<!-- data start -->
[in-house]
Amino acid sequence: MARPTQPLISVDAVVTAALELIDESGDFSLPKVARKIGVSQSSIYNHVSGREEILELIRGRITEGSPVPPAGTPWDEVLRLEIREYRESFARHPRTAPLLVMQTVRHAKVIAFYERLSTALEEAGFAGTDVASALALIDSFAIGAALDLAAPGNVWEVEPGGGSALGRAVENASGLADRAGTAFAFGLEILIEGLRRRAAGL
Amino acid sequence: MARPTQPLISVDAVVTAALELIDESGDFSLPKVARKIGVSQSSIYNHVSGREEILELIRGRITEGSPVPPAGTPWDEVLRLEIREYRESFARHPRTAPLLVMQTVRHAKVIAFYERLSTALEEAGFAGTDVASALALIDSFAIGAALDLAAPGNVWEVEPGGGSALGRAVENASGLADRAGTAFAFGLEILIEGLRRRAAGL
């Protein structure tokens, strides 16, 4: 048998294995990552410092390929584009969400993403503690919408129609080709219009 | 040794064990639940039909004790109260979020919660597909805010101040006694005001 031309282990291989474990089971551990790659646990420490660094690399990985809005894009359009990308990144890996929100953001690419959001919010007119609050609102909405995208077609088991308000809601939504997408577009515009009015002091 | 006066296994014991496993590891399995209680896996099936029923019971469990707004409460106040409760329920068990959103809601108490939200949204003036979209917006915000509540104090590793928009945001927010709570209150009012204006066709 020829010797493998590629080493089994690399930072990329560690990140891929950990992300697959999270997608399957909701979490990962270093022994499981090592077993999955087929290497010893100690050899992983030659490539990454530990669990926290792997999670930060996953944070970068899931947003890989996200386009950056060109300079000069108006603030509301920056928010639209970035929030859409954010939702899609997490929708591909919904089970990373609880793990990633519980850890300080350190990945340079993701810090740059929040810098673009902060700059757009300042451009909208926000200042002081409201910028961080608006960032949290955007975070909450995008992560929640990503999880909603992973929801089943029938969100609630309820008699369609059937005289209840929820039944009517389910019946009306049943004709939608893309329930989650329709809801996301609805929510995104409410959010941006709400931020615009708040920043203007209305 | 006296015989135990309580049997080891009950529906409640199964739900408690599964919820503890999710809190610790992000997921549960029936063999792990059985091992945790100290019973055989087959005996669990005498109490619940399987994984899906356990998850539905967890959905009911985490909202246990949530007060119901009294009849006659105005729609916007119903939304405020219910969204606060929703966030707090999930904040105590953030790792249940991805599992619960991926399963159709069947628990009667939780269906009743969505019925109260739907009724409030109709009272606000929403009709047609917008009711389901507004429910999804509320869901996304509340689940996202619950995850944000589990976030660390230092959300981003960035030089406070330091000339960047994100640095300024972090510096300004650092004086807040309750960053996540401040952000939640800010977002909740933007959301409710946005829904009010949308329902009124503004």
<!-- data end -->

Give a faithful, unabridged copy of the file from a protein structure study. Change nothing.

[in-house]
Amino acid sequence: MARPTQPLISVDAVVTAALELIDESGDFSLPKVARKIGVSQSSIYNHVSGREEILELIRGRITEGSPVPPAGTPWDEVLRLEIREYRESFARHPRTAPLLVMQTVRHAKVIAFYERLSTALEEAGFAGTDVASALALIDSFAIGAALDLAAPGNVWEVEPGGGSALGRAVENASGLADRAGTAFAFGLEILIEGLRRRAAGL
Amino acid sequence: MARPTQPLISVDAVVTAALELIDESGDFSLPKVARKIGVSQSSIYNHVSGREEILELIRGRITEGSPVPPAGTPWDEVLRLEIREYRESFARHPRTAPLLVMQTVRHAKVIAFYERLSTALEEAGFAGTDVASALALIDSFAIGAALDLAAPGNVWEVEPGGGSALGRAVENASGLADRAGTAFAFGLEILIEGLRRRAAGL
């Protein structure tokens, strides 16, 4: 048998294995990552410092390929584009969400993403503690919408129609080709219009 | 040794064990639940039909004790109260979020919660597909805010101040006694005001 031309282990291989474990089971551990790659646990420490660094690399990985809005894009359009990308990144890996929100953001690419959001919010007119609050609102909405995208077609088991308000809601939504997408577009515009009015002091 | 006066296994014991496993590891399995209680896996099936029923019971469990707004409460106040409760329920068990959103809601108490939200949204003036979209917006915000509540104090590793928009945001927010709570209150009012204006066709 020829010797493998590629080493089994690399930072990329560690990140891929950990992300697959999270997608399957909701979490990962270093022994499981090592077993999955087929290497010893100690050899992983030659490539990454530990669990926290792997999670930060996953944070970068899931947003890989996200386009950056060109300079000069108006603030509301920056928010639209970035929030859409954010939702899609997490929708591909919904089970990373609880793990990633519980850890300080350190990945340079993701810090740059929040810098673009902060700059757009300042451009909208926000200042002081409201910028961080608006960032949290955007975070909450995008992560929640990503999880909603992973929801089943029938969100609630309820008699369609059937005289209840929820039944009517389910019946009306049943004709939608893309329930989650329709809801996301609805929510995104409410959010941006709400931020615009708040920043203007209305 | 006296015989135990309580049997080891009950529906409640199964739900408690599964919820503890999710809190610790992000997921549960029936063999792990059985091992945790100290019973055989087959005996669990005498109490619940399987994984899906356990998850539905967890959905009911985490909202246990949530007060119901009294009849006659105005729609916007119903939304405020219910969204606060929703966030707090999930904040105590953030790792249940991805599992619960991926399963159709069947628990009667939780269906009743969505019925109260739907009724409030109709009272606000929403009709047609917008009711389901507004429910999804509320869901996304509340689940996202619950995850944000589990976030660390230092959300981003960035030089406070330091000339960047994100640095300024972090510096300004650092004086807040309750960053996540401040952000939640800010977002909740933007959301409710946005829904009010949308329902009124503004």